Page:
This form example makes quick work out of the signup process. Notice that very little information is required, paired with plenty of context. Users have inline validation and the possibility of seeing the password with an eye icon. We are sure users appreciate having those social media shortcuts – who doesn’t, right?
Original design by Sergej Nawalnew on Dribbble.
Sometimes, it’s better to go with a classic. This sign in and sign up app form examples show that users don’t need much from their sign in screen – they just need it to not be confusing. This sign in and sign up forms succeed in guiding users with inline validation and descriptive microcopy.
Form design by Sayem Ahmed for Team IronSketch on Dribbble.
Registering for an event shouldn’t be complicated. Users can check for the important information and give out certain pieces of information when expressing their interest on the event – the mobile form needs to express the identity of the event while not stressing the user out.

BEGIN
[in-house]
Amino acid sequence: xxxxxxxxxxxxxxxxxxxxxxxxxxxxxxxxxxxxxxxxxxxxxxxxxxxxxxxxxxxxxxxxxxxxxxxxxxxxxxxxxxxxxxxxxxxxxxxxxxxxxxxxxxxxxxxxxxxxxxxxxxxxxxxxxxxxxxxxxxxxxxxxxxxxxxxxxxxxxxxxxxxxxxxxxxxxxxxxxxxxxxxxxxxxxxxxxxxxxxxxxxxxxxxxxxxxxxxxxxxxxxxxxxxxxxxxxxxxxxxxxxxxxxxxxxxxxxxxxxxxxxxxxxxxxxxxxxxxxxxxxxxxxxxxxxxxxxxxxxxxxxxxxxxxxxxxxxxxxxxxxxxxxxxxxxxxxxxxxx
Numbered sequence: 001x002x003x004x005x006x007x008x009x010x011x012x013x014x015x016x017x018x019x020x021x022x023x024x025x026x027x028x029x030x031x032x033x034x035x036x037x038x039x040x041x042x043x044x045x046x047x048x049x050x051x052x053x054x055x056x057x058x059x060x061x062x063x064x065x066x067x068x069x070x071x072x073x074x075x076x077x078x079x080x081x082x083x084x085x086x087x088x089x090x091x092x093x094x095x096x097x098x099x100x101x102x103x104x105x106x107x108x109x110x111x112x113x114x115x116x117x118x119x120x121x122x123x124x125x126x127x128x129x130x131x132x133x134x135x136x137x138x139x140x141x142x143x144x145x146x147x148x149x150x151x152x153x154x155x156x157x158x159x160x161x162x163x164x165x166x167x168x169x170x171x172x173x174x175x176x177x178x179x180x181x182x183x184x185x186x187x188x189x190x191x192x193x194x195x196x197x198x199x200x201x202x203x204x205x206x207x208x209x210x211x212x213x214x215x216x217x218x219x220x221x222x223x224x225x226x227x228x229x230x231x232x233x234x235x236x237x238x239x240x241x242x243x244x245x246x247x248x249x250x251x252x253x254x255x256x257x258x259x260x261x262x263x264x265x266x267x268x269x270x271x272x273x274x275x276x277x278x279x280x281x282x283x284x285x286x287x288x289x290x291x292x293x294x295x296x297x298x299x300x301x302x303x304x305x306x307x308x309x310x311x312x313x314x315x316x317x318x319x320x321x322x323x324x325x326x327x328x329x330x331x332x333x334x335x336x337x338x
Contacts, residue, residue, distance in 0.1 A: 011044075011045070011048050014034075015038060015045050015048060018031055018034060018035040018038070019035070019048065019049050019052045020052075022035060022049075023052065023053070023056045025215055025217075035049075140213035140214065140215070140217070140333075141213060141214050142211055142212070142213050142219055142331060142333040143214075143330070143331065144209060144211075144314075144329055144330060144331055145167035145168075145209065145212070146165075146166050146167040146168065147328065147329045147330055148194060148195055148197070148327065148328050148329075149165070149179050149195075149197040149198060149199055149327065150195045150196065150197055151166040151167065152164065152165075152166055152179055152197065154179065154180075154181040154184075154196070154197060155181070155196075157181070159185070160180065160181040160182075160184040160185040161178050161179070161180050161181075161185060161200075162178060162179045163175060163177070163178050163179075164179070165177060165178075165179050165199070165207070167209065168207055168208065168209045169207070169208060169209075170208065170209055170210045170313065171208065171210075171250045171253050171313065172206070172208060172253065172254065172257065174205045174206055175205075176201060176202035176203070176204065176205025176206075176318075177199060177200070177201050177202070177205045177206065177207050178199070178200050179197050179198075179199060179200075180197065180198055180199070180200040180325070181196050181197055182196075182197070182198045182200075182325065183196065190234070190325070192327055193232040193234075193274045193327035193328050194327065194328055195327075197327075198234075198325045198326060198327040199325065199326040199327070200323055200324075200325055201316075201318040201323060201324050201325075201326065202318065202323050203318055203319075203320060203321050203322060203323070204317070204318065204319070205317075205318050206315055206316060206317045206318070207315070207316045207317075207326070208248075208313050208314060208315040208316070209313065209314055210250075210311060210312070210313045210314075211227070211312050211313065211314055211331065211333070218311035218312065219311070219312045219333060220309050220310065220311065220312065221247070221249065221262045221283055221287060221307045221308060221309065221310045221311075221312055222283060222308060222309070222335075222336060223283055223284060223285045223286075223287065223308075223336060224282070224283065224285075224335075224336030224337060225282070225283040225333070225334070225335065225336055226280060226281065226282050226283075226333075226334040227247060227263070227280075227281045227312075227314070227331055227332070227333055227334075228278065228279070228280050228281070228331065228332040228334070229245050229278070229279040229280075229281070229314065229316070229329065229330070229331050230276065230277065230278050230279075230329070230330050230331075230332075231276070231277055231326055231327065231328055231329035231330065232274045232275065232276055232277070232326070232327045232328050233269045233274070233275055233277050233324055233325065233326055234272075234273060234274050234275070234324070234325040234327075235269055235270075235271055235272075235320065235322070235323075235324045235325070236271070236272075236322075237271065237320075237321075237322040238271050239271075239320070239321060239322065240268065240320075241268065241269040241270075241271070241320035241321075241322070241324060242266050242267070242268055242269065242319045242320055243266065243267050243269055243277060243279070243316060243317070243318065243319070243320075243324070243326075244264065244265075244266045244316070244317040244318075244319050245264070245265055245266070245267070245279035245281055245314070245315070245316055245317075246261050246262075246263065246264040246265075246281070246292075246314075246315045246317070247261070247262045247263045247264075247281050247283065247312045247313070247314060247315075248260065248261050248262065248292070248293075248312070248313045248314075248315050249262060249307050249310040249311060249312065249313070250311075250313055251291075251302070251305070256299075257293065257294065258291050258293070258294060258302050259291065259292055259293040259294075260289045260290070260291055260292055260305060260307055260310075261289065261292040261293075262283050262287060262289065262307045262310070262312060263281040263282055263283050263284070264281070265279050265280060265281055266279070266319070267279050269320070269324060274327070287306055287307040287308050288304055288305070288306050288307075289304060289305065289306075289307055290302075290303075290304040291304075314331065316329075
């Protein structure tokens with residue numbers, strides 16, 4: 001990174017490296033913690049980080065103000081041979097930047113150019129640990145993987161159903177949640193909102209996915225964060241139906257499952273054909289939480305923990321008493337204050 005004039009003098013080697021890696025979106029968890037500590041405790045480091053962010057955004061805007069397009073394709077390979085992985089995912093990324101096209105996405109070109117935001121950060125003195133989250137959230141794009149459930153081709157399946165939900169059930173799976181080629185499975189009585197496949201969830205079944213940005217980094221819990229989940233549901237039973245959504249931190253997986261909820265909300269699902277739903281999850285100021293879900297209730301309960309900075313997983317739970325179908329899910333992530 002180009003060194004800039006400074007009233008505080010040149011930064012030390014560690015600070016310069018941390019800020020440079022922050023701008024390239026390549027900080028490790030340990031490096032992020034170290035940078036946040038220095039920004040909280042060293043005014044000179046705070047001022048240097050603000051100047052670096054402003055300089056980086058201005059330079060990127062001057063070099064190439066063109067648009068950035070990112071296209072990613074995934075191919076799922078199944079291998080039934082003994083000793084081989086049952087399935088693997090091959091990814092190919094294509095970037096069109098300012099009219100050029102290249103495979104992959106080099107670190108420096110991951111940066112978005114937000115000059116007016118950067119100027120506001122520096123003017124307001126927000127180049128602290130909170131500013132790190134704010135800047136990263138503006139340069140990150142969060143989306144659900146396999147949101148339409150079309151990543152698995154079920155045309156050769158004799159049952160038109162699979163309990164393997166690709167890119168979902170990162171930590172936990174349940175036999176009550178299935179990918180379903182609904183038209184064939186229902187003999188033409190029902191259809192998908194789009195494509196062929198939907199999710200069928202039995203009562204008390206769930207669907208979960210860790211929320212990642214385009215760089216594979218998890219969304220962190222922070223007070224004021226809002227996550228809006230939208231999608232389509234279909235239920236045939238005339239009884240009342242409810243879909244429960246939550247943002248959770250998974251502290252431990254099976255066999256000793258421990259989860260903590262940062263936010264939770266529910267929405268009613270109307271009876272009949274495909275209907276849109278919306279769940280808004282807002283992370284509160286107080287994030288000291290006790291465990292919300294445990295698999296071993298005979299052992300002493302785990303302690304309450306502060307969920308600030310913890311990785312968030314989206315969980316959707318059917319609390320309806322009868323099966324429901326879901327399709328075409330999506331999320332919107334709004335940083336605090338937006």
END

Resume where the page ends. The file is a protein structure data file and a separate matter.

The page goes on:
You want to simplify as much as possible while respecting usability standards. That means you need to pack many different types of data (such as, choosing a date, number of people in your party…), into a small screen. Remember, usability first – looks, second.
We love how smooth the booking process is in this form example. The form checks all the boxes: validation, masks, stepped screens and a varied use of action controls – all done with a high factor of gamification. By the time the user gets to the success state, the effort they’d have put into the form would be minimal. Just wonderful!
Awesome form design by Valeri Torf for Solvers on Dribbble.
This app form example makes a complex thing easy for the user. With each entry field involving several taps but very little typing, the user can fill the form out without taking too long on any field in particular.
This design manages to get all the important details that come with creating an event, and breaks them into several screens, so the user is never confronted with a long list of questions.
Brought to you by Sasha Maxim for Tapptitude in Kaliin.
These cool form examples are some of the many great and functional designs out there in the virtual wild. Not all forms are made equal, and your creativity will play a role as important as your attention to detail – usability is the name of the game here.
Hopefully, these form examples will get you inspired to get the ball rolling in your next form!